What Is Art Therapy And How Can It Help?
Updated March 17, 2020
Reviewer Elizabeth Strong
Everyone goes through hard times through their lives and can choose to handle it in whatever way resonates with them. One of the most common, and arguably most effective, ways to get through hard times in life is with therapy. There are many different types of therapy that one can choose from, including cognitive behavioral therapy, psychotherapy, or family and couples therapy. Though lesser known, art therapy can also be extremely beneficial for both individuals and couples.
What Is Art Therapy?
Art therapy is the method of utilizing one's creativity to bring about positive change in their mental or emotional state. In simpler terms, art therapy is creating art with the goal for it to make the creator feel better or help them through difficult times. Sometimes, the art aspect is combined with traditional talk therapy.
A counselor will lead an individual or group through an art activity while also providing talk therapy. The two work in tandem to help participants uncover emotions that would not have been accessible through one of the forms therapy alone. The visual art aspect helps bring up discussion points that would have remained concealed if only talking were involved.
Creative expression is a useful tool for many people to resolve internal issues they are having. Many people will find that immersing themselves in a project such as painting on canvas will leave them feeling relaxed and clear-headed.
Art therapy is also an extremely useful coping method. It is a healthy way for people to release their feelings and occupy their time and minds, rather than turning to other, unhealthy coping methods such as drugs or alcohol. It can also be a great tool for people living with depression or other conditions because creating art and having a physical product to show for your time gives a sense of accomplishment that some people may be lacking.
Art Therapy Techniques
Art therapy is as diverse as art itself. Art therapy can take many forms, including visual arts such as painting, drawing, or sculpting. However, it is not limited to visual art. Creative outlets like poetry and music can also be used as art therapy. Art can mean different things to different people. When it comes to art therapy, any creative outlet that makes the person feel better can be considered a form of therapy.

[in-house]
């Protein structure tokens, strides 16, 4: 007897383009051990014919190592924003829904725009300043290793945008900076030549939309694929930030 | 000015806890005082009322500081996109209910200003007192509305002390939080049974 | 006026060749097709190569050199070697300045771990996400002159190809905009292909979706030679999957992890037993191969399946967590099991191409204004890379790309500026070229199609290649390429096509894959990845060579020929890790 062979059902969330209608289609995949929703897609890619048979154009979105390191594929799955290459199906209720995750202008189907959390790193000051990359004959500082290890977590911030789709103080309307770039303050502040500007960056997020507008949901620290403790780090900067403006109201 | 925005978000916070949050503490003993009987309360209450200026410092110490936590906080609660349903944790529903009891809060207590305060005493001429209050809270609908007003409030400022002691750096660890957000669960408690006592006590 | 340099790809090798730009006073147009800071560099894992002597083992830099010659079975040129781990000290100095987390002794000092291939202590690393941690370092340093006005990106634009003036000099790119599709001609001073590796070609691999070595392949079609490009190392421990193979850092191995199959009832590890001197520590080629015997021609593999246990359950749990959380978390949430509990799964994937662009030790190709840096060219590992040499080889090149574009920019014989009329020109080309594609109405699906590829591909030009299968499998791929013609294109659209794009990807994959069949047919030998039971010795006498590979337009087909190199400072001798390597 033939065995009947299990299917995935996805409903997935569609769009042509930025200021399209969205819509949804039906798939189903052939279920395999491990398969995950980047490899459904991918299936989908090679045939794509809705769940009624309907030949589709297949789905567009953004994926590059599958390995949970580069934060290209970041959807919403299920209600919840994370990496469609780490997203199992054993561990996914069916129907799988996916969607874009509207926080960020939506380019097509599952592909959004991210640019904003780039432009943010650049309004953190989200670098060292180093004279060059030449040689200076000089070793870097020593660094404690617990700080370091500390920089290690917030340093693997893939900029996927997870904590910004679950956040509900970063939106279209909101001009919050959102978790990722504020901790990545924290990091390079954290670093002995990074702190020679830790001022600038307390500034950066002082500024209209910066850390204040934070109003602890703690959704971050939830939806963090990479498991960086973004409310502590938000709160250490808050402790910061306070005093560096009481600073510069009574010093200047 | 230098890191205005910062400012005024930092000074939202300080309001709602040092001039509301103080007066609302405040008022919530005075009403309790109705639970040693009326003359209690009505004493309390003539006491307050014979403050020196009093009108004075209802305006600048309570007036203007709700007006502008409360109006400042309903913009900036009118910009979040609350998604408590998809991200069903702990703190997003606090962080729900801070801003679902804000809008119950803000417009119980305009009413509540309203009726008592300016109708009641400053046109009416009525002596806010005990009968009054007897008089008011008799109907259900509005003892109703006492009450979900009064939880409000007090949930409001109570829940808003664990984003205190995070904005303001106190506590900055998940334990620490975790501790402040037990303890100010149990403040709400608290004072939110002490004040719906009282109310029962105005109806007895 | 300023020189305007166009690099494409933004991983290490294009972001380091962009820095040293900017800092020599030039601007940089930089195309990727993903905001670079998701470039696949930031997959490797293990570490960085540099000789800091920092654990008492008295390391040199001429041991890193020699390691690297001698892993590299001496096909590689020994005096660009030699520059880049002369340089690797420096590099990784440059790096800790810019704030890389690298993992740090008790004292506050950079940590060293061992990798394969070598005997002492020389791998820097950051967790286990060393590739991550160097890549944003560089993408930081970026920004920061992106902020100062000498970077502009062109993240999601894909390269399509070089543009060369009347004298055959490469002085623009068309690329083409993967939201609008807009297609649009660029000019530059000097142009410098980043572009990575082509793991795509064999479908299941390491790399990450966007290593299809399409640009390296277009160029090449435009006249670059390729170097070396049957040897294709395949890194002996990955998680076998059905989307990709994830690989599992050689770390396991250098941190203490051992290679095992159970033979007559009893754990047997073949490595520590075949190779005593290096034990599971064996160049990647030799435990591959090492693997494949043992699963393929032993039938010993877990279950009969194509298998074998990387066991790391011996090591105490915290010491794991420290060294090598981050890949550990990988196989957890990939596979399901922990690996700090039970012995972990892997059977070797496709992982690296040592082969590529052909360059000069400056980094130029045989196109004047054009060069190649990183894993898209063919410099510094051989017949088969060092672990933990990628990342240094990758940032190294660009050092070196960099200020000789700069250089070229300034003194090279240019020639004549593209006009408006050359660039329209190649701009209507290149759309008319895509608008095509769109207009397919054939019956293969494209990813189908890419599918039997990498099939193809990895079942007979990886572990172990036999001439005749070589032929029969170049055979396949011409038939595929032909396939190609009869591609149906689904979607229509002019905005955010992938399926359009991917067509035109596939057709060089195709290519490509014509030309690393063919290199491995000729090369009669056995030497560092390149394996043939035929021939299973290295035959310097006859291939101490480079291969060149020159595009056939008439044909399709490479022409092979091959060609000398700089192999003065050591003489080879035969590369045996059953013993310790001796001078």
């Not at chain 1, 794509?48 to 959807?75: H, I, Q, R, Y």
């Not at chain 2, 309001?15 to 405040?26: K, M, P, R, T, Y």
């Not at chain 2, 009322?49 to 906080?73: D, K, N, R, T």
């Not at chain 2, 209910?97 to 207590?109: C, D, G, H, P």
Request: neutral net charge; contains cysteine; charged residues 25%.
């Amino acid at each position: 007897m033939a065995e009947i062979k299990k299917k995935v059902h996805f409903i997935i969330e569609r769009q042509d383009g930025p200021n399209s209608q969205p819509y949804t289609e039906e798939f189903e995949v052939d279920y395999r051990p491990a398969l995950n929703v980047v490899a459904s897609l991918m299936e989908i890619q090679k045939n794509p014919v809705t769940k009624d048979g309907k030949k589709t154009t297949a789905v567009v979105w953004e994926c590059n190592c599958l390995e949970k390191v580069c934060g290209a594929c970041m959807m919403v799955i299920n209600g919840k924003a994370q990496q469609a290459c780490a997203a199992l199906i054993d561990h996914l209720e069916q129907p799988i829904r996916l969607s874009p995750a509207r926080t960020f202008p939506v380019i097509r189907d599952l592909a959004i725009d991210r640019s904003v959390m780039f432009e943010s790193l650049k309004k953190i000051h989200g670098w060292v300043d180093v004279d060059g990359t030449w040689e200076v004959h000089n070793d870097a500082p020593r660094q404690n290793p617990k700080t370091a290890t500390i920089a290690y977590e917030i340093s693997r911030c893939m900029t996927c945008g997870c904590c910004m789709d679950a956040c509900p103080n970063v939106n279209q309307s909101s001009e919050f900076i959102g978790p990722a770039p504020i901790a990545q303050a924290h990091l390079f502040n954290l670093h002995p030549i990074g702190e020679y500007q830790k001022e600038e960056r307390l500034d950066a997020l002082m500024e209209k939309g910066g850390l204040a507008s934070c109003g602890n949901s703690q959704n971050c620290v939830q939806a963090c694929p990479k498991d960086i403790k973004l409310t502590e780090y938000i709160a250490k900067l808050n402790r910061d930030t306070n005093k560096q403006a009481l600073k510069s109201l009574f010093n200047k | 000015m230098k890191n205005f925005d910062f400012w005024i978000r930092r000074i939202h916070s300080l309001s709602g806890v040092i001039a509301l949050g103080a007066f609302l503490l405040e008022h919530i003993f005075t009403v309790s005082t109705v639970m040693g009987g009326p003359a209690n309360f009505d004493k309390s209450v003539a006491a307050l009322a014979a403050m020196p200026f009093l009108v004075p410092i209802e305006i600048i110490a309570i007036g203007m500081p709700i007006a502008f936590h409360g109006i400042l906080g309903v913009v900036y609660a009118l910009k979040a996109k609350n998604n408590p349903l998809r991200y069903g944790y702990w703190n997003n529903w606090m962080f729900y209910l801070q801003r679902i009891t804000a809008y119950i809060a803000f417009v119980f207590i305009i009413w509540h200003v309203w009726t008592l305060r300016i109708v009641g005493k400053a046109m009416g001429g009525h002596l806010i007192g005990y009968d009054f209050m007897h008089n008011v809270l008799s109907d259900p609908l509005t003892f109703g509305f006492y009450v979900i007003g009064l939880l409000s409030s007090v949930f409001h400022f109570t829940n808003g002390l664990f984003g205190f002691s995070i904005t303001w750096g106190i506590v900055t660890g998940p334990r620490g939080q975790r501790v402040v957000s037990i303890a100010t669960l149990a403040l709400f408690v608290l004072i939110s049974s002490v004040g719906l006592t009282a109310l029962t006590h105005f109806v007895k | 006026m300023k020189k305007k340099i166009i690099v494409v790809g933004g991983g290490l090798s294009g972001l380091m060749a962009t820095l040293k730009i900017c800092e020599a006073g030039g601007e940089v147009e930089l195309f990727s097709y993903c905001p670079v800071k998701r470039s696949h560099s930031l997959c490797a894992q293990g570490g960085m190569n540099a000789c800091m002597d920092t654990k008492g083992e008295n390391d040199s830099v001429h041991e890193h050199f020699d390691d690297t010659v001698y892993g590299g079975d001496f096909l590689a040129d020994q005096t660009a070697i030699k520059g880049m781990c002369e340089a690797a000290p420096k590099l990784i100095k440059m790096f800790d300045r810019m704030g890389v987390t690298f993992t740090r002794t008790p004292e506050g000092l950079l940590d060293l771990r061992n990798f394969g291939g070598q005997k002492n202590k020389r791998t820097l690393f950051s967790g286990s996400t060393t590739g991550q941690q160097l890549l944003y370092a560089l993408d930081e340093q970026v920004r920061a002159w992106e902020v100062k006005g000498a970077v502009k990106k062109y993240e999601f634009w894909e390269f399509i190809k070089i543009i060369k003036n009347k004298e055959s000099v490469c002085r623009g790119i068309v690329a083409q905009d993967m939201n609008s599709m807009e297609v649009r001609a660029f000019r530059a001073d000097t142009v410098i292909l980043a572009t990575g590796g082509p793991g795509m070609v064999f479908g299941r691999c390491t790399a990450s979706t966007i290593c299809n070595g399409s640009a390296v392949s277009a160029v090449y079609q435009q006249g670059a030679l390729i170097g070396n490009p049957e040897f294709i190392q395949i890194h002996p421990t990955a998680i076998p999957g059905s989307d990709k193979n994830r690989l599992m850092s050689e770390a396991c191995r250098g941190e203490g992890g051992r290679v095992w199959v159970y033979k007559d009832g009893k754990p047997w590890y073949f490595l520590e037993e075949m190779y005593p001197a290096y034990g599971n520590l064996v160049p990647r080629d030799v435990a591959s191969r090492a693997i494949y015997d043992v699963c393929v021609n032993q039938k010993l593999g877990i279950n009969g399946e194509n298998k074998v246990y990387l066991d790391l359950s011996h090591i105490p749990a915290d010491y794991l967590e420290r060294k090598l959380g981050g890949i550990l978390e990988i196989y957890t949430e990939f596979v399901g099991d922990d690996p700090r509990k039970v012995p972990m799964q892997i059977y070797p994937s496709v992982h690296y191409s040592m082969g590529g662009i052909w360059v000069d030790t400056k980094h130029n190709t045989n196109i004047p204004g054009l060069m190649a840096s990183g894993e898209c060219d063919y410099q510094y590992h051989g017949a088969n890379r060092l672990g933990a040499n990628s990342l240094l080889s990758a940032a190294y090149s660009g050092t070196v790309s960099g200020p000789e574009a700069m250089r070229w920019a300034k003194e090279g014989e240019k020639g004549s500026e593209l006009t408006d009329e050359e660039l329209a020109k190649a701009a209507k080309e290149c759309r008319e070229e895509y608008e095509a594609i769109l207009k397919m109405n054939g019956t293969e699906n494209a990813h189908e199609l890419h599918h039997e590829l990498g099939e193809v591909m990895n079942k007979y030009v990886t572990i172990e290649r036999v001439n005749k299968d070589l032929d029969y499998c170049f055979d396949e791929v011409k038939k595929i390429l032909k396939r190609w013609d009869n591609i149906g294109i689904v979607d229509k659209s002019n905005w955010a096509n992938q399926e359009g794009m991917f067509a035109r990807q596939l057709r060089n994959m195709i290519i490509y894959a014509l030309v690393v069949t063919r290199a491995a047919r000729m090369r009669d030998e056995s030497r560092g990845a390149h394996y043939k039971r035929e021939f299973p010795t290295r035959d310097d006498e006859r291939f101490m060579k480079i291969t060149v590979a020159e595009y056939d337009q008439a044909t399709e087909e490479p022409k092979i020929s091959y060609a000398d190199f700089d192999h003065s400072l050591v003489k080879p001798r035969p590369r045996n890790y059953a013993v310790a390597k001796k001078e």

Different types of art therapy will resonate with different people, and it comes down to personal choice. But, there are a few mediums that resonate with most people, such as:
Using clay to create a product with one's own hands is a gratifying experience. When used for therapeutic purposes, the therapist may instruct a patient to create a sculpture of a specific person or thing. A lot of emotion can come out as a result of the sculpting, showing the way that one view themselves or other people in their lives. Sculpture gives people the chance to physically build and mold representations of people and things in their lives that evoke certain emotions, whether that be positive or negative.
Collage: Not everyone has the natural ability to create drawings or paintings that make them feel good about the product, and that is okay. However, there is one medium in which almost anyone can excel- collage. Collaging is the mixing of multimedia materials, such as magazine and newspaper cutouts, textiles, and whatever else someone feels inspired to add to the mix.
A collage is a personal piece of work that represents one's inner feelings and interests. And, it does not take much natural ability to cut things and glue them together. Still, it takes time and can be very indicative of one's inner feelings and thoughts that they may not feel comfortable vocalizing in talk therapy. Collaging is a great activity that is inclusive of people of all art skill levels.
Phototherapy: Photos are a great way to document one's life. They provide a visual record of one's daily activities, and for the viewer, provide a glimpse into one's inner thoughts and emotions. Therapeutically, photography is great because it provides a chance for the patient to learn a new, useful skill, while also participating in a creative activity that provides a physical product afterward.
From a therapists' perspective, seeing what someone chooses to photograph can be very telling. Plus, discussing the photos one chose to take is a great way to start a dialogue about why they chose to photograph the specific thing, and the thoughts and emotions behind that choice.
Mosaics: Mosaics are a design put together from broken pieces of material, usually tile. The process of actually making the mosaic is extremely time consuming and laborious. But, the amount of focus required can be therapeutic for many people, as the artist must fully dive into their work. The final product of mosaics is a message in itself- it is the creation of something beautiful from broken pieces. This makes mosaic making especially fitting for art therapy.